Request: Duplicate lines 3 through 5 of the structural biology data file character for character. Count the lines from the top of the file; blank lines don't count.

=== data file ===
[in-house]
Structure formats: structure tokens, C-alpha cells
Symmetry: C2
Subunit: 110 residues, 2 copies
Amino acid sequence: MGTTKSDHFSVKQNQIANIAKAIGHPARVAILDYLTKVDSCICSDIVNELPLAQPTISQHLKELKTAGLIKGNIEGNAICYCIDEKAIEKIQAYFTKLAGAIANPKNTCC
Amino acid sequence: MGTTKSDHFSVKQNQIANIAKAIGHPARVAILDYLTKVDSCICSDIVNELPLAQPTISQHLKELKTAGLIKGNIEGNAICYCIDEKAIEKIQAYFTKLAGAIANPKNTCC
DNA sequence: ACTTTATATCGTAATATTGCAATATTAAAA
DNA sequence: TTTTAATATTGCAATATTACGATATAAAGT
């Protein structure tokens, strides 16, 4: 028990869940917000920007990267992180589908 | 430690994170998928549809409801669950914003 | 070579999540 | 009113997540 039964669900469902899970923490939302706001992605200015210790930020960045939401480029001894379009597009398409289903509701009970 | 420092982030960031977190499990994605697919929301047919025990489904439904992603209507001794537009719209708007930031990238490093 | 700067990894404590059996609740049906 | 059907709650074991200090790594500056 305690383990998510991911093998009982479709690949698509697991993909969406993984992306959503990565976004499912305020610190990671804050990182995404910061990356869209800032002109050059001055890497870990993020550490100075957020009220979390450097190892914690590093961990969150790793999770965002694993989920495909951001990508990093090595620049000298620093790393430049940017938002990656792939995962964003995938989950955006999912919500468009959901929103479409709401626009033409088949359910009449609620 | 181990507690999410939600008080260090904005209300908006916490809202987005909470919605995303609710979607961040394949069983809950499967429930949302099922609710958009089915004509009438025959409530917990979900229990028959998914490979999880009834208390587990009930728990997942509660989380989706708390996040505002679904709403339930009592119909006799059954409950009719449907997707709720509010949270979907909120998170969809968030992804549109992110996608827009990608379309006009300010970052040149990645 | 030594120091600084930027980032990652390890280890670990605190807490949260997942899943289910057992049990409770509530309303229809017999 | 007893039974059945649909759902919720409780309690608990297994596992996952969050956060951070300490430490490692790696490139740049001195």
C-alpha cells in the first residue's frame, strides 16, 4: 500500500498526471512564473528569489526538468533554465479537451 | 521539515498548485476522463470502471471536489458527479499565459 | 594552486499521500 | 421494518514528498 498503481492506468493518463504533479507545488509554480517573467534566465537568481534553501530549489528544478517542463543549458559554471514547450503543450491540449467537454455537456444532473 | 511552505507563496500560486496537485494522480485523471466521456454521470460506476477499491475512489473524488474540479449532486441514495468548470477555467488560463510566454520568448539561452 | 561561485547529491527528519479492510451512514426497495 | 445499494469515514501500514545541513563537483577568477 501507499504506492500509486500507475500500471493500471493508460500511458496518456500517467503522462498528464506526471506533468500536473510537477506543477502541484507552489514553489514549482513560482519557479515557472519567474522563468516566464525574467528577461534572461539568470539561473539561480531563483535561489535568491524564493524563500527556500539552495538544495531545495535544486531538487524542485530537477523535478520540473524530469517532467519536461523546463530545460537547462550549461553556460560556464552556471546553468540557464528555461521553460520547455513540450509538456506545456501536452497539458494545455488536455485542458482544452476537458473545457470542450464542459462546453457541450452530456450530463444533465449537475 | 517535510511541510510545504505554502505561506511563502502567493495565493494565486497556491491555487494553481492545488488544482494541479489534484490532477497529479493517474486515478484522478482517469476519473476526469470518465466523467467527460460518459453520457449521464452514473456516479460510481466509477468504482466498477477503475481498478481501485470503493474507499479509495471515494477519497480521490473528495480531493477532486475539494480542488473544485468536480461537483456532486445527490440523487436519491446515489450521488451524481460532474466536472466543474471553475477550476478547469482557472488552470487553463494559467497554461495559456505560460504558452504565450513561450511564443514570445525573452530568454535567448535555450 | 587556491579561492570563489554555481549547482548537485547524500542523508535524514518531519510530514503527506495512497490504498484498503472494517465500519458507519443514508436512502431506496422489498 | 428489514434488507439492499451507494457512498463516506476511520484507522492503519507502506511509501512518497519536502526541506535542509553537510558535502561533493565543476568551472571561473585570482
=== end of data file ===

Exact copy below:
Symmetry: C2
Subunit: 110 residues, 2 copies
Amino acid sequence: MGTTKSDHFSVKQNQIANIAKAIGHPARVAILDYLTKVDSCICSDIVNELPLAQPTISQHLKELKTAGLIKGNIEGNAICYCIDEKAIEKIQAYFTKLAGAIANPKNTCC